10 Malaysian syndicates behind causeway smuggling racket

JOHOR BARU - At least 10 local syndicates are involved in the smuggling of cigarettes and liquor from Singapore via the Second Link and Johor Causeway.

The syndicates, mostly based in Kuala Lumpur, Sarawak, Penang and Selangor, are raking in at least RM15million (S$5.8 million) each month bringing in their goods from warehouses in Singapore.

Sources said the goods were declared as "on transit" and were not subject to taxes in the island, and allowed to be kept in Customs-controlled warehouses.

"In some cases, the liquor and cigarettes are declared in Singapore but the syndicates try to smuggle it into Malaysia under the guise of electronic parts or inside empty lorries to avoid paying high taxes and duties," sources added.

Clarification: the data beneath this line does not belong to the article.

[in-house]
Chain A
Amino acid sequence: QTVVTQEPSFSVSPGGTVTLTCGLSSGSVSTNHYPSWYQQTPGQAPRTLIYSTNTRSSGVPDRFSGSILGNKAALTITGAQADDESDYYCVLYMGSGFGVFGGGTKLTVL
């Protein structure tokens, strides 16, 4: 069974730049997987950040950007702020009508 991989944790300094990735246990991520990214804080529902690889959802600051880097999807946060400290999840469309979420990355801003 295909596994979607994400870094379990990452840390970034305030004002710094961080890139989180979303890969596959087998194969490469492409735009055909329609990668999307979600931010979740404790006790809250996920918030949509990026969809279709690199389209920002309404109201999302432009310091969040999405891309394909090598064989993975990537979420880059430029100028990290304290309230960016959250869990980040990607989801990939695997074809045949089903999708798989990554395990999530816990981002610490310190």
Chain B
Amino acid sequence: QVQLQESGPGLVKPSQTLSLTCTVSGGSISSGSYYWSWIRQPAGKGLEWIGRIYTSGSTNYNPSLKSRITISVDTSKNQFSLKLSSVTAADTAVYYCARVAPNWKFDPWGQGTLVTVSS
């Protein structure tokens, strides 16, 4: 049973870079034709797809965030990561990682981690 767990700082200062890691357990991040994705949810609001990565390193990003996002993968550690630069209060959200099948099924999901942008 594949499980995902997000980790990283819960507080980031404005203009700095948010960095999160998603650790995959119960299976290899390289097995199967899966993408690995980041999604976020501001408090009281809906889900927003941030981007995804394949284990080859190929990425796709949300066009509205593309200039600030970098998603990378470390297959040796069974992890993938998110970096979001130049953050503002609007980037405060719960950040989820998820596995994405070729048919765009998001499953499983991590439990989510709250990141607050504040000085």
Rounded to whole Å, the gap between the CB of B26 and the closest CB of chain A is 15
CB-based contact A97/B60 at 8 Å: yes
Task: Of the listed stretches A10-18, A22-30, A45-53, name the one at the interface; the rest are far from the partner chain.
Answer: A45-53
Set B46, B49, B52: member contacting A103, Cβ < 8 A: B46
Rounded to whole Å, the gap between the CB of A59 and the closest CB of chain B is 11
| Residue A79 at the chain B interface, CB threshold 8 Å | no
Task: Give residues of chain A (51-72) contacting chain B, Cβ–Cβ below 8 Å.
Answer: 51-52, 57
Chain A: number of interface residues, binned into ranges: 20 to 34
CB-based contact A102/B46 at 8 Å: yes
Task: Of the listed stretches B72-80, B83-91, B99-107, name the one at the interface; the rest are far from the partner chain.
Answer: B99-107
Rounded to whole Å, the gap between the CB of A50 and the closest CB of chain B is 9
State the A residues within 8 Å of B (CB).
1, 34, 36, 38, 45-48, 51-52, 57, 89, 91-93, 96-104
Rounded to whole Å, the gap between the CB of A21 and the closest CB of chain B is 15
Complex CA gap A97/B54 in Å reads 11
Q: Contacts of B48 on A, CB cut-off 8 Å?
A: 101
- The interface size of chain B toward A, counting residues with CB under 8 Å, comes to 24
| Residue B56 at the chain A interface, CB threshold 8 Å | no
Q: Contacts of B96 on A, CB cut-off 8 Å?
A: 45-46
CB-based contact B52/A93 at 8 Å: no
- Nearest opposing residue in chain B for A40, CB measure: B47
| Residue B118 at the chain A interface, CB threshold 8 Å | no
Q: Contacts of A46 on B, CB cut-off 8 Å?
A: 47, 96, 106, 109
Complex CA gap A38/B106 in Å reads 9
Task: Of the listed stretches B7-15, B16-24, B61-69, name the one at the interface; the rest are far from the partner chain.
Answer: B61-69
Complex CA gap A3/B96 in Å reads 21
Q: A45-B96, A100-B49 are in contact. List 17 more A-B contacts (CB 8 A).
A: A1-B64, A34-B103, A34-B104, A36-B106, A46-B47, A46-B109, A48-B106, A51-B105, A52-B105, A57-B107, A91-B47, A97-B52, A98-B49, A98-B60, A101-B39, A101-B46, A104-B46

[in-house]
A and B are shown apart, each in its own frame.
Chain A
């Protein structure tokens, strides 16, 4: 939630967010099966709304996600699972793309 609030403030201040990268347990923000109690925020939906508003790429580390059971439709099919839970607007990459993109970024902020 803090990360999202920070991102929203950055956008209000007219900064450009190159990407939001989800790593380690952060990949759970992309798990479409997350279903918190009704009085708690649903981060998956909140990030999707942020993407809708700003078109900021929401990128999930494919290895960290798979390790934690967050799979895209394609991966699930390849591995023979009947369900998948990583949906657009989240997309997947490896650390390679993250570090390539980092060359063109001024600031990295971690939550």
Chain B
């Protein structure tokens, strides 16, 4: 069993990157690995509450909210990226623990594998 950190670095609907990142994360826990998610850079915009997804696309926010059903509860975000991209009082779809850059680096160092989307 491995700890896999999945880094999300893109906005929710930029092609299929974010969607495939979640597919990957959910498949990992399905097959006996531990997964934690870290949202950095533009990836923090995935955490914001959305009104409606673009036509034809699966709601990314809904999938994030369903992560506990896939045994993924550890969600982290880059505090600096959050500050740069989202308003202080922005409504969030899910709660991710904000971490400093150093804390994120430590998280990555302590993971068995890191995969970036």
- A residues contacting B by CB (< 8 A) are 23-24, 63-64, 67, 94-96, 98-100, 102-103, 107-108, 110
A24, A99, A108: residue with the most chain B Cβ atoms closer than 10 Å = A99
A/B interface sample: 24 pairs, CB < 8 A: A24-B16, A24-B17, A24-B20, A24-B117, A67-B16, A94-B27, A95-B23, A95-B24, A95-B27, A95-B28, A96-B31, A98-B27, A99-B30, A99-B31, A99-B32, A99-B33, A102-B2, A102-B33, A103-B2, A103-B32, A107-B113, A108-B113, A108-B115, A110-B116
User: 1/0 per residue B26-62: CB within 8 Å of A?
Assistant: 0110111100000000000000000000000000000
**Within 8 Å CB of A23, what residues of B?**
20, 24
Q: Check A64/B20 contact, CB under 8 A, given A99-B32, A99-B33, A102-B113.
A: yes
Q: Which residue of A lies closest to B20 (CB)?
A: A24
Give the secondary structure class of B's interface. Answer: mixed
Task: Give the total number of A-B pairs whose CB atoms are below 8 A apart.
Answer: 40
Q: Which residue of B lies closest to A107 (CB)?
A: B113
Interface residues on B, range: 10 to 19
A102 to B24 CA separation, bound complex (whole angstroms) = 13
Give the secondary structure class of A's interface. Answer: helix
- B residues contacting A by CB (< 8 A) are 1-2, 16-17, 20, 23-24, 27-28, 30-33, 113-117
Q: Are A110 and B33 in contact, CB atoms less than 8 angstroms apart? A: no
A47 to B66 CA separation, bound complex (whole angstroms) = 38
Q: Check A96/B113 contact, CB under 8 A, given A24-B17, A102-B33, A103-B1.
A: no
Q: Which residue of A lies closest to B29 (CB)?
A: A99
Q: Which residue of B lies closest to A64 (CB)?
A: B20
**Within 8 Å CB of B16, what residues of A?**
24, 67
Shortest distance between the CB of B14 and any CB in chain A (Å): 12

The sources said that the syndicates were well-connected as, besides having tontos (lookouts), they also have insiders within the Customs Department to help.

The sources added that Singapore does not impose stringent checks on cigarettes and liquor being exported as no duties were involved.

"The Government should place more armed Customs officials at both the checkpoints.

"The administration should also install spikes to prevent smugglers from dashing through security barriers in their vehicles.

"The scanners at the checkpoints must be checked regularly to prevent breakdowns," the sources added.

There is a huge demand for smuggled cigarettes which are sold at RM10 for three packets against RM12 for a usual packets.

Johor police chief Senior Deputy Police Commissioner Datuk Mohd Mokhtar Mohd Shariff slammed the smugglers as hooligans, and vowed to get them.